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Paul Klee's work
Carl Djerassi Scientist
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In fact it is so good that I’ll show it to you. Because here is the- here is a book of my Klee collection, from an exhibition that went to Europe, and, and the one that they stole was one of the, one of the great, great ones that hardly anyone would recognise as a Klee. It’s ridiculous; it’s the usual business, you, you go- I thought it was 1927, but it is- well, maybe it was 1922? Ah, here it is, 19- 1924. You’d never recognise it as a Klee, but it’s a really superb one, and that illustrates more than anything else why I’m so enamoured by Klee, because Klee also numbered- he dated and numbered each work. So if it’s 1924, you know it was there, and then he says, 1924, 218, which means that’s the 218th work he did that year. Now, if you look at this. I’m sorry, that can’t be- that’s a mistake, I think it is- well, maybe it’s 218. Here are two works, and they are 255 and 256, which means he did them within a couple of months of this. Who would ever believe this, which is an oil transfer drawing, and is therefore black and white, and it’s not colour, so it’s not a black and white reproduction, that’s what it really looks like, and this is this technique that he developed, which is very different? Who would have thought that this, let’s say, oriental girl, or this one, which is an old man, which is this wonderful juxtaposition, was painted within a few weeks of this, that the same person would do that, and that to me is really just- Well, I’ll show you another illustration, because these are- these are really my, my real favourites. Here’s one, and here would be the- this is a portrait; one of the few portraits where you can actually recognise the person and this is Josephine Baker, in 1927, and look at this, who would think that this is a Klee? And then you, you know, you look at another portrait. This is a self-portrait here, so it’s- I mean the difference is just extraordinary. I mean you- this you would perhaps recognise, so no wonder this is my- Even that one I like so much, because this is a skier, and you know, skiing was both my nemesis and my pleasure, since I still do it, with a stiff leg now, so this looks more like a stiff legged skier here, not doing very well, but you know, it’s-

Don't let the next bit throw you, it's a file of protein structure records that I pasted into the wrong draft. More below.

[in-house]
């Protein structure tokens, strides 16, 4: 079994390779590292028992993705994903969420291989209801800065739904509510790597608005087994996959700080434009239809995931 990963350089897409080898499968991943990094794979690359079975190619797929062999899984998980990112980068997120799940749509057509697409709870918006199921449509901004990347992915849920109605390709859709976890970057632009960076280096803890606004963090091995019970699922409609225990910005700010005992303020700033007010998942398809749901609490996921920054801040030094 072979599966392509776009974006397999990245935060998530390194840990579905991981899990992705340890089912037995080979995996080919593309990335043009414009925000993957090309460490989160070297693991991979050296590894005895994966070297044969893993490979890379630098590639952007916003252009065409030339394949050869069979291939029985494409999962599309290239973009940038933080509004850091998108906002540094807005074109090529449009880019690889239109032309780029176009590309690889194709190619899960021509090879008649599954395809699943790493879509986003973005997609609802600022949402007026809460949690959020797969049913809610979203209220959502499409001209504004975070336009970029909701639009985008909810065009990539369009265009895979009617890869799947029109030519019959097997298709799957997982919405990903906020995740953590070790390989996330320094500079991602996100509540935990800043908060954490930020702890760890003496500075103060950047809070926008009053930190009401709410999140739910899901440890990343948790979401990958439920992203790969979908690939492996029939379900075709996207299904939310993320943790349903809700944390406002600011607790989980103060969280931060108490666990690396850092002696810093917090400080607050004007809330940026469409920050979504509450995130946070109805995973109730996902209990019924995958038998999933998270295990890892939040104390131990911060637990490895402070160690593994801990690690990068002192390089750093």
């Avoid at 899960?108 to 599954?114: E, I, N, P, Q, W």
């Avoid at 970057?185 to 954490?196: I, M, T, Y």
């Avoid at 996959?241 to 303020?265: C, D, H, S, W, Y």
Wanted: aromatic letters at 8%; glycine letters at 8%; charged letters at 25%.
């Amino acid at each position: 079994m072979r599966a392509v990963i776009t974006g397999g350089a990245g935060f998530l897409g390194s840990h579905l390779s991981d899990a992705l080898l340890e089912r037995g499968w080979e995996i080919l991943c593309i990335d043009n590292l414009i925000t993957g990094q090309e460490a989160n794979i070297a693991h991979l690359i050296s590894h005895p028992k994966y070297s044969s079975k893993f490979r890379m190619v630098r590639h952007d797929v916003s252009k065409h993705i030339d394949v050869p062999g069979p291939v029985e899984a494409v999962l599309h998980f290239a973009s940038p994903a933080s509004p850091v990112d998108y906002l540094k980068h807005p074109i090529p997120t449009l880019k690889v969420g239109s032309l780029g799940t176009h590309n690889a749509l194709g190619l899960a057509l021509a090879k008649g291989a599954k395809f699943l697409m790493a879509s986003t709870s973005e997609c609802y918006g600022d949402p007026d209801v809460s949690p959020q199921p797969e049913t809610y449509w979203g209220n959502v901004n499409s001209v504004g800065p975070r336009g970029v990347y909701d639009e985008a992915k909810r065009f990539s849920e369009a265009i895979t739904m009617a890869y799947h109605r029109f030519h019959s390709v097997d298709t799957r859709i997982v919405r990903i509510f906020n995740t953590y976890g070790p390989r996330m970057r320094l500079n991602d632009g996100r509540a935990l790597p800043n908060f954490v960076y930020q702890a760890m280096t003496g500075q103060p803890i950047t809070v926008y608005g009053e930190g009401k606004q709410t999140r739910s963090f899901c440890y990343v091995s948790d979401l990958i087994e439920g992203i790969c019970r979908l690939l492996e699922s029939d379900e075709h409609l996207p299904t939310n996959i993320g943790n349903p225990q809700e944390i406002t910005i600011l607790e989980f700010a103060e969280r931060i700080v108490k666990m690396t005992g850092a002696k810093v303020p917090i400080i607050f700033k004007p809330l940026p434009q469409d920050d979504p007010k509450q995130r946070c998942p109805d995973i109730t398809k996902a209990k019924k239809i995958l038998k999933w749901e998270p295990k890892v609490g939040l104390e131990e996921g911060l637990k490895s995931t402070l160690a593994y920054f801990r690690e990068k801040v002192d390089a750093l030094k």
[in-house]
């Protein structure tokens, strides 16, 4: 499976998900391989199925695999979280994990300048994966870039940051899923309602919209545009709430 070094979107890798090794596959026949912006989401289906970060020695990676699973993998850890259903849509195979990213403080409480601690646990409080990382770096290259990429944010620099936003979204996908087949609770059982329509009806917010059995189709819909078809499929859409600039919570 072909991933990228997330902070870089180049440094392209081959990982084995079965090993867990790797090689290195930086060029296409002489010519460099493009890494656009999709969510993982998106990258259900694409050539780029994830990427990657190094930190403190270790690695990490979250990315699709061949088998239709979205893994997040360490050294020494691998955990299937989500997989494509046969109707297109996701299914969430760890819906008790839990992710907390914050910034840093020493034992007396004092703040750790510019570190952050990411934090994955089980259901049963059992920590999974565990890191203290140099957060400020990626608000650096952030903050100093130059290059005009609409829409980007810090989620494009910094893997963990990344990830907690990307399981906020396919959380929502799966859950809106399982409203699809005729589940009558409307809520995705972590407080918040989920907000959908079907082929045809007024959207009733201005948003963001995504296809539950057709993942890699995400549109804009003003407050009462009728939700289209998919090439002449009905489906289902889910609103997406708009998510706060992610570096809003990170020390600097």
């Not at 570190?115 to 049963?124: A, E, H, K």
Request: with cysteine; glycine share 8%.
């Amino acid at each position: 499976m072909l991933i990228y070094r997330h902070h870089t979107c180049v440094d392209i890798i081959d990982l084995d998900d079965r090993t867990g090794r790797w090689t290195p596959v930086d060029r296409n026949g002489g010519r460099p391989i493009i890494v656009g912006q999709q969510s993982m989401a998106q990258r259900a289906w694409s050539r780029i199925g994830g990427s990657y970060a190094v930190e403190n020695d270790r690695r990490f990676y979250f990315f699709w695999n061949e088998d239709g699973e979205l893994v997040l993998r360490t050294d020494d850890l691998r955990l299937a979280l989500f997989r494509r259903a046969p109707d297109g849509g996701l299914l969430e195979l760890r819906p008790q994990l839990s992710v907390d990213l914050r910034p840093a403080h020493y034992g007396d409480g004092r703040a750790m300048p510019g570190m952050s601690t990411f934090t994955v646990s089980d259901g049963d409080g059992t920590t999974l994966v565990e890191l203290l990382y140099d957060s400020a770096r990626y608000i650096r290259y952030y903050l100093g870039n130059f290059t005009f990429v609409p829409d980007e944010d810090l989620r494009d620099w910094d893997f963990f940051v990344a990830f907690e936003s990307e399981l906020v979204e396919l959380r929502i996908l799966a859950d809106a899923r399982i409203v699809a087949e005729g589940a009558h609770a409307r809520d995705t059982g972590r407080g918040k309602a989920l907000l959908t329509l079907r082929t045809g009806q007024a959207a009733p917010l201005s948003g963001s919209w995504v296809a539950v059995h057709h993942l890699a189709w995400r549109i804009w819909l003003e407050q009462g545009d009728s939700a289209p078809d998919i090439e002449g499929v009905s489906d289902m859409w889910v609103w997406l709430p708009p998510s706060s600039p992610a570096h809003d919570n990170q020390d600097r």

Austrian-American Carl Djerassi (1923-2015) was best known for his work on the synthesis of the steroid cortisone and then of a progesterone derivative that was the basis of the first contraceptive pill. He wrote a number of books, plays and poems, in the process inventing a new genre, 'science-in-fiction', illustrated by the novel 'Cantor's Dilemma' which explores ethics in science.

Listeners: Tamara Tracz

Tamara Tracz is a writer and filmmaker based in London.

Tags: Europe, Paul Klee, Josephine Baker

Duration: 3 minutes, 45 seconds

Date story recorded: September 2005

Date story went live: 24 January 2008